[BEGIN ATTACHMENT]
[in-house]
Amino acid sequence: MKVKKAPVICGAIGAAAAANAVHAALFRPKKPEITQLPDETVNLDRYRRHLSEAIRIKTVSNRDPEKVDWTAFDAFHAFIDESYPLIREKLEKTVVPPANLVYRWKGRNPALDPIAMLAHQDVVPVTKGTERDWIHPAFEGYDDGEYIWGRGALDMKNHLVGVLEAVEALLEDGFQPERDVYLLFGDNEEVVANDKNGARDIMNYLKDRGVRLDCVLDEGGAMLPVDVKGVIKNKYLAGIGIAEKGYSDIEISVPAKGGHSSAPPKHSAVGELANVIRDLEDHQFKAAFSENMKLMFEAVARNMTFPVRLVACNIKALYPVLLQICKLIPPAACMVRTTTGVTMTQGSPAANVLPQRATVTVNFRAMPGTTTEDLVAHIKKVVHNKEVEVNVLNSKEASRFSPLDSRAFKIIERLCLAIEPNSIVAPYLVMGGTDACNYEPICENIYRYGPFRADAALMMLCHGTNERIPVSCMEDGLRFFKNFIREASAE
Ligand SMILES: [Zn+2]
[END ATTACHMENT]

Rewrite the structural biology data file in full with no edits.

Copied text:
[in-house]
Amino acid sequence: MKVKKAPVICGAIGAAAAANAVHAALFRPKKPEITQLPDETVNLDRYRRHLSEAIRIKTVSNRDPEKVDWTAFDAFHAFIDESYPLIREKLEKTVVPPANLVYRWKGRNPALDPIAMLAHQDVVPVTKGTERDWIHPAFEGYDDGEYIWGRGALDMKNHLVGVLEAVEALLEDGFQPERDVYLLFGDNEEVVANDKNGARDIMNYLKDRGVRLDCVLDEGGAMLPVDVKGVIKNKYLAGIGIAEKGYSDIEISVPAKGGHSSAPPKHSAVGELANVIRDLEDHQFKAAFSENMKLMFEAVARNMTFPVRLVACNIKALYPVLLQICKLIPPAACMVRTTTGVTMTQGSPAANVLPQRATVTVNFRAMPGTTTEDLVAHIKKVVHNKEVEVNVLNSKEASRFSPLDSRAFKIIERLCLAIEPNSIVAPYLVMGGTDACNYEPICENIYRYGPFRADAALMMLCHGTNERIPVSCMEDGLRFFKNFIREASAE
Ligand SMILES: [Zn+2]